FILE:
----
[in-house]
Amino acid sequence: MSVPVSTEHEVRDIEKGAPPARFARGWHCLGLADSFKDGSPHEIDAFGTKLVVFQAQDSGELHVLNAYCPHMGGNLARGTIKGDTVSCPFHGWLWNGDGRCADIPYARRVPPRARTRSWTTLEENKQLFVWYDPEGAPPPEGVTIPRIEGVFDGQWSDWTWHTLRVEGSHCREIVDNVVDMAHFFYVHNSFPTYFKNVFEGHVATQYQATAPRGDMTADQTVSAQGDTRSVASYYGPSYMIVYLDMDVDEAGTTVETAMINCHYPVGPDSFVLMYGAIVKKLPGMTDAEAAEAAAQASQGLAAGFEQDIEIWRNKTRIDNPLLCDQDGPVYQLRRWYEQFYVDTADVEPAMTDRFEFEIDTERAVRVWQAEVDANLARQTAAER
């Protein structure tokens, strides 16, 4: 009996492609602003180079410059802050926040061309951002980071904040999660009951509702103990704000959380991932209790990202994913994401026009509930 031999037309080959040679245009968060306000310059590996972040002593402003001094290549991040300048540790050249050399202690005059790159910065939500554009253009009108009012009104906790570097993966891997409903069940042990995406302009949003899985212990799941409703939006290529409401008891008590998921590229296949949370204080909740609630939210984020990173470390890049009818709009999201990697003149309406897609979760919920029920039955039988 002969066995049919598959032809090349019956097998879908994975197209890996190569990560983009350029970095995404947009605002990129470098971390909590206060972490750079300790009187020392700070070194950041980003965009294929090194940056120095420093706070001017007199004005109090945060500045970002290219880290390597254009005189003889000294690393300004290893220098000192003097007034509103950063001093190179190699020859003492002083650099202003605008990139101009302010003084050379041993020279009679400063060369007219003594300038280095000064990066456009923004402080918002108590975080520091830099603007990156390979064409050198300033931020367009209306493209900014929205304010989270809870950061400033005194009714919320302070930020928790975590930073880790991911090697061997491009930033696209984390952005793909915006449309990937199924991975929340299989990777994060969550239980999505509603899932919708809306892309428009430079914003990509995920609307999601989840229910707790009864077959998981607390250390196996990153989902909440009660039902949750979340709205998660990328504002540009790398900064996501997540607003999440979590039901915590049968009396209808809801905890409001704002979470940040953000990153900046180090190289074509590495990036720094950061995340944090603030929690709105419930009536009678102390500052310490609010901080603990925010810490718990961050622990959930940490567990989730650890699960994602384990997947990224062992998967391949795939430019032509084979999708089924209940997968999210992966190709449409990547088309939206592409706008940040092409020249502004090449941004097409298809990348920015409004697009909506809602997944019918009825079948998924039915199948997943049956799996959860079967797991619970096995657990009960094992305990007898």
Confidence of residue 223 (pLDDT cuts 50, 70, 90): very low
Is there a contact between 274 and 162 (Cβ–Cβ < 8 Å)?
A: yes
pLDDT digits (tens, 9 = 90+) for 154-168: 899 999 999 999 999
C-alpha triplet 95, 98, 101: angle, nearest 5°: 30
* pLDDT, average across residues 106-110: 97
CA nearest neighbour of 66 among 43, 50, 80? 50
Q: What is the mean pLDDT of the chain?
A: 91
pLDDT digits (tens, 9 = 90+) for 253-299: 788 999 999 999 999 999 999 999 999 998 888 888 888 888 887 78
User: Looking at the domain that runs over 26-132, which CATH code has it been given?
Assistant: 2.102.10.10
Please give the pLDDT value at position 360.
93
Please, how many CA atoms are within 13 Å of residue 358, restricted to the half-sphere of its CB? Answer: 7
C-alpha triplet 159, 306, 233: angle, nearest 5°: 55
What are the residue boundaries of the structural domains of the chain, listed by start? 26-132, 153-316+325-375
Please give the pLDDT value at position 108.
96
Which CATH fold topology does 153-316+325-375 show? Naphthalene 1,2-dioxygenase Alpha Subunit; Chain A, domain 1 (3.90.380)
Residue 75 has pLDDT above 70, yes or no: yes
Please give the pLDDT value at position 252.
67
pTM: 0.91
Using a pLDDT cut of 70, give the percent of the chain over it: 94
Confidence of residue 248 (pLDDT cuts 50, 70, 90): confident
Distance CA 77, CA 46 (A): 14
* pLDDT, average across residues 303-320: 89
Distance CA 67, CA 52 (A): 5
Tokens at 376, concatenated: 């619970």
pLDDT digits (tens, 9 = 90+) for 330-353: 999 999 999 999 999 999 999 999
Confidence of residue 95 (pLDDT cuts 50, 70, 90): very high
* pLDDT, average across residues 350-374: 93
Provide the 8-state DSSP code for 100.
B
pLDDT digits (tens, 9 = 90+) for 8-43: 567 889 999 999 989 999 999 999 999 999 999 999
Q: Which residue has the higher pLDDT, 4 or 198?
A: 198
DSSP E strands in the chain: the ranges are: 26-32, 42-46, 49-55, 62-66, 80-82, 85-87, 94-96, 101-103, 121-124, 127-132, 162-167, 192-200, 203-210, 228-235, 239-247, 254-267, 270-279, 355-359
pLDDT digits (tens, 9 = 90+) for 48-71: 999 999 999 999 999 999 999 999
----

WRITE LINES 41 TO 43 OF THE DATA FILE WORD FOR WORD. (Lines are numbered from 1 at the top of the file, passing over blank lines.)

A: 198
DSSP E strands in the chain: the ranges are: 26-32, 42-46, 49-55, 62-66, 80-82, 85-87, 94-96, 101-103, 121-124, 127-132, 162-167, 192-200, 203-210, 228-235, 239-247, 254-267, 270-279, 355-359
pLDDT digits (tens, 9 = 90+) for 48-71: 999 999 999 999 999 999 999 999